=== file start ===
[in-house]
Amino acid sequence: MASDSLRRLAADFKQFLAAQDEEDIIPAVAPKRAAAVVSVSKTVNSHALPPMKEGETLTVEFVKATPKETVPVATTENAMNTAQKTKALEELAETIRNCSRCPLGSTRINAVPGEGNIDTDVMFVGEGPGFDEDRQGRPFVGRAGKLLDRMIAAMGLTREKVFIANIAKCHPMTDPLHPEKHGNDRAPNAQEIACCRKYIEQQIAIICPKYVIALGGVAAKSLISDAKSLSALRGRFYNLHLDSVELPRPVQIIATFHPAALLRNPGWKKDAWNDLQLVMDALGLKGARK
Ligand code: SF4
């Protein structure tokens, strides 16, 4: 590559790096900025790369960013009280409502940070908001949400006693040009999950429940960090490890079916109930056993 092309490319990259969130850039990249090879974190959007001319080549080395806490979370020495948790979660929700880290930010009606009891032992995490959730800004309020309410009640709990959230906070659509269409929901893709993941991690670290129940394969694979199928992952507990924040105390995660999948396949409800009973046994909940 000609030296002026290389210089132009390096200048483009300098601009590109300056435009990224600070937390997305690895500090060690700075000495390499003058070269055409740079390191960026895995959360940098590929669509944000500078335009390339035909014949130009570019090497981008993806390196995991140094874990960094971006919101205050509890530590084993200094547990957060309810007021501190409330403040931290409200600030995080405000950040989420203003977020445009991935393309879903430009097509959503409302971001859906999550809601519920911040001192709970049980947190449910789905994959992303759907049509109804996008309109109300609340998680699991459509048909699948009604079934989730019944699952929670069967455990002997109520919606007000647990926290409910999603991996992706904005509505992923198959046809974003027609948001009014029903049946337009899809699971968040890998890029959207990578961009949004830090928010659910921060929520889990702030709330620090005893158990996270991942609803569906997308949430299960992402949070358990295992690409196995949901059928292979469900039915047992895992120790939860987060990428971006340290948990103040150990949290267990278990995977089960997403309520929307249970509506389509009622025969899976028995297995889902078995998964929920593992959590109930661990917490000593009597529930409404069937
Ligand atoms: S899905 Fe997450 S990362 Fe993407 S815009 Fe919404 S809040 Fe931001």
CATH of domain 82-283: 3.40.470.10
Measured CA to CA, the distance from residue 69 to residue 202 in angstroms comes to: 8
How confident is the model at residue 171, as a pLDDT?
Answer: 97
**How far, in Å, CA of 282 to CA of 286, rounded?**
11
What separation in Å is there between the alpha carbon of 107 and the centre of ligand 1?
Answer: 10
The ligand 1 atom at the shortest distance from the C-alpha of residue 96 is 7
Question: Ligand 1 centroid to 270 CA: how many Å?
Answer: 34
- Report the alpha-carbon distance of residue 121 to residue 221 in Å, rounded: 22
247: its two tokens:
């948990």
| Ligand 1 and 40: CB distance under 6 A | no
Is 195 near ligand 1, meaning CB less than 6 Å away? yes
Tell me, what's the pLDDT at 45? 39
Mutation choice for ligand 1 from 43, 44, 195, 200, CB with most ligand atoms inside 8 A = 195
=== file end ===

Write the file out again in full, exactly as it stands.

[in-house]
Amino acid sequence: MASDSLRRLAADFKQFLAAQDEEDIIPAVAPKRAAAVVSVSKTVNSHALPPMKEGETLTVEFVKATPKETVPVATTENAMNTAQKTKALEELAETIRNCSRCPLGSTRINAVPGEGNIDTDVMFVGEGPGFDEDRQGRPFVGRAGKLLDRMIAAMGLTREKVFIANIAKCHPMTDPLHPEKHGNDRAPNAQEIACCRKYIEQQIAIICPKYVIALGGVAAKSLISDAKSLSALRGRFYNLHLDSVELPRPVQIIATFHPAALLRNPGWKKDAWNDLQLVMDALGLKGARK
Ligand code: SF4
């Protein structure tokens, strides 16, 4: 590559790096900025790369960013009280409502940070908001949400006693040009999950429940960090490890079916109930056993 092309490319990259969130850039990249090879974190959007001319080549080395806490979370020495948790979660929700880290930010009606009891032992995490959730800004309020309410009640709990959230906070659509269409929901893709993941991690670290129940394969694979199928992952507990924040105390995660999948396949409800009973046994909940 000609030296002026290389210089132009390096200048483009300098601009590109300056435009990224600070937390997305690895500090060690700075000495390499003058070269055409740079390191960026895995959360940098590929669509944000500078335009390339035909014949130009570019090497981008993806390196995991140094874990960094971006919101205050509890530590084993200094547990957060309810007021501190409330403040931290409200600030995080405000950040989420203003977020445009991935393309879903430009097509959503409302971001859906999550809601519920911040001192709970049980947190449910789905994959992303759907049509109804996008309109109300609340998680699991459509048909699948009604079934989730019944699952929670069967455990002997109520919606007000647990926290409910999603991996992706904005509505992923198959046809974003027609948001009014029903049946337009899809699971968040890998890029959207990578961009949004830090928010659910921060929520889990702030709330620090005893158990996270991942609803569906997308949430299960992402949070358990295992690409196995949901059928292979469900039915047992895992120790939860987060990428971006340290948990103040150990949290267990278990995977089960997403309520929307249970509506389509009622025969899976028995297995889902078995998964929920593992959590109930661990917490000593009597529930409404069937
Ligand atoms: S899905 Fe997450 S990362 Fe993407 S815009 Fe919404 S809040 Fe931001």
CATH of domain 82-283: 3.40.470.10
Measured CA to CA, the distance from residue 69 to residue 202 in angstroms comes to: 8
How confident is the model at residue 171, as a pLDDT?
Answer: 97
**How far, in Å, CA of 282 to CA of 286, rounded?**
11
What separation in Å is there between the alpha carbon of 107 and the centre of ligand 1?
Answer: 10
The ligand 1 atom at the shortest distance from the C-alpha of residue 96 is 7
Question: Ligand 1 centroid to 270 CA: how many Å?
Answer: 34
- Report the alpha-carbon distance of residue 121 to residue 221 in Å, rounded: 22
247: its two tokens:
């948990």
| Ligand 1 and 40: CB distance under 6 A | no
Is 195 near ligand 1, meaning CB less than 6 Å away? yes
Tell me, what's the pLDDT at 45? 39
Mutation choice for ligand 1 from 43, 44, 195, 200, CB with most ligand atoms inside 8 A = 195